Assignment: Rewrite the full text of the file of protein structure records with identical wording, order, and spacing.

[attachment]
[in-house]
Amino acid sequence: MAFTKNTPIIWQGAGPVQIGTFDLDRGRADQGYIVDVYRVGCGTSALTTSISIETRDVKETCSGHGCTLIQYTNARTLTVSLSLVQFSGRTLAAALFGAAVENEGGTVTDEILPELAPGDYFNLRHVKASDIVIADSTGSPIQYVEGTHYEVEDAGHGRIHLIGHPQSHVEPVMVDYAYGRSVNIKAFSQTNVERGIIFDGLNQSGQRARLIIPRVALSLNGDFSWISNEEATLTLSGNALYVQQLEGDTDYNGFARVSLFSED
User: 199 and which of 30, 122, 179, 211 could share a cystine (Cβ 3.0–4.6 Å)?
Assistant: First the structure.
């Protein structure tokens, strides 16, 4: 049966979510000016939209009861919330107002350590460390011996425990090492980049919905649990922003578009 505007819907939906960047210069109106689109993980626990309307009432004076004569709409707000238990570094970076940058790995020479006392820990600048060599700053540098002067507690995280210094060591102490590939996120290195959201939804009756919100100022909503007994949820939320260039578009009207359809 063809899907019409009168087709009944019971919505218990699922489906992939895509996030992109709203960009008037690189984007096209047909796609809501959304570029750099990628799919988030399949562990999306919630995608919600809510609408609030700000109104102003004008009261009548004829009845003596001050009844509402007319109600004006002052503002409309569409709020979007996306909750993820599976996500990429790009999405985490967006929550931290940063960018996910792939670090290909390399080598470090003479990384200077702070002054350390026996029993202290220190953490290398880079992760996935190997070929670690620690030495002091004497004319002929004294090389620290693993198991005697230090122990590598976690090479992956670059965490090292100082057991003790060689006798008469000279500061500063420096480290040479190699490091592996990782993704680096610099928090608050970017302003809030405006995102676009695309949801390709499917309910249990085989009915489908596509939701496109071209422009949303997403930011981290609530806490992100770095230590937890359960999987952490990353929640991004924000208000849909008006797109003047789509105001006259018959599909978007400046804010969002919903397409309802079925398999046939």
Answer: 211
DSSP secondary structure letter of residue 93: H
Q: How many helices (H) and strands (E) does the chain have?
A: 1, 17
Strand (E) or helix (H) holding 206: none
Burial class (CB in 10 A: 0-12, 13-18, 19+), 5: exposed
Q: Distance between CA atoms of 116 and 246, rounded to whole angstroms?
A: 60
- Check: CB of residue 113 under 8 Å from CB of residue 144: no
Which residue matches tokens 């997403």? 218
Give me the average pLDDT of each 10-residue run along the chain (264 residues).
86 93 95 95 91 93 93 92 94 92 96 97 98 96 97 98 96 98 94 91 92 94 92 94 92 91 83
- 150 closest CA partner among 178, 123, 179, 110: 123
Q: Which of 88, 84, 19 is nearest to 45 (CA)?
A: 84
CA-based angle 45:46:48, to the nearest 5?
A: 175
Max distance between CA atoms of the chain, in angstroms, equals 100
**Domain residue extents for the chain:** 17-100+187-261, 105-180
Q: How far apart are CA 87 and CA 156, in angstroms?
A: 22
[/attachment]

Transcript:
[in-house]
Amino acid sequence: MAFTKNTPIIWQGAGPVQIGTFDLDRGRADQGYIVDVYRVGCGTSALTTSISIETRDVKETCSGHGCTLIQYTNARTLTVSLSLVQFSGRTLAAALFGAAVENEGGTVTDEILPELAPGDYFNLRHVKASDIVIADSTGSPIQYVEGTHYEVEDAGHGRIHLIGHPQSHVEPVMVDYAYGRSVNIKAFSQTNVERGIIFDGLNQSGQRARLIIPRVALSLNGDFSWISNEEATLTLSGNALYVQQLEGDTDYNGFARVSLFSED
User: 199 and which of 30, 122, 179, 211 could share a cystine (Cβ 3.0–4.6 Å)?
Assistant: First the structure.
């Protein structure tokens, strides 16, 4: 049966979510000016939209009861919330107002350590460390011996425990090492980049919905649990922003578009 505007819907939906960047210069109106689109993980626990309307009432004076004569709409707000238990570094970076940058790995020479006392820990600048060599700053540098002067507690995280210094060591102490590939996120290195959201939804009756919100100022909503007994949820939320260039578009009207359809 063809899907019409009168087709009944019971919505218990699922489906992939895509996030992109709203960009008037690189984007096209047909796609809501959304570029750099990628799919988030399949562990999306919630995608919600809510609408609030700000109104102003004008009261009548004829009845003596001050009844509402007319109600004006002052503002409309569409709020979007996306909750993820599976996500990429790009999405985490967006929550931290940063960018996910792939670090290909390399080598470090003479990384200077702070002054350390026996029993202290220190953490290398880079992760996935190997070929670690620690030495002091004497004319002929004294090389620290693993198991005697230090122990590598976690090479992956670059965490090292100082057991003790060689006798008469000279500061500063420096480290040479190699490091592996990782993704680096610099928090608050970017302003809030405006995102676009695309949801390709499917309910249990085989009915489908596509939701496109071209422009949303997403930011981290609530806490992100770095230590937890359960999987952490990353929640991004924000208000849909008006797109003047789509105001006259018959599909978007400046804010969002919903397409309802079925398999046939």
Answer: 211
DSSP secondary structure letter of residue 93: H
Q: How many helices (H) and strands (E) does the chain have?
A: 1, 17
Strand (E) or helix (H) holding 206: none
Burial class (CB in 10 A: 0-12, 13-18, 19+), 5: exposed
Q: Distance between CA atoms of 116 and 246, rounded to whole angstroms?
A: 60
- Check: CB of residue 113 under 8 Å from CB of residue 144: no
Which residue matches tokens 């997403």? 218
Give me the average pLDDT of each 10-residue run along the chain (264 residues).
86 93 95 95 91 93 93 92 94 92 96 97 98 96 97 98 96 98 94 91 92 94 92 94 92 91 83
- 150 closest CA partner among 178, 123, 179, 110: 123
Q: Which of 88, 84, 19 is nearest to 45 (CA)?
A: 84
CA-based angle 45:46:48, to the nearest 5?
A: 175
Max distance between CA atoms of the chain, in angstroms, equals 100
**Domain residue extents for the chain:** 17-100+187-261, 105-180
Q: How far apart are CA 87 and CA 156, in angstroms?
A: 22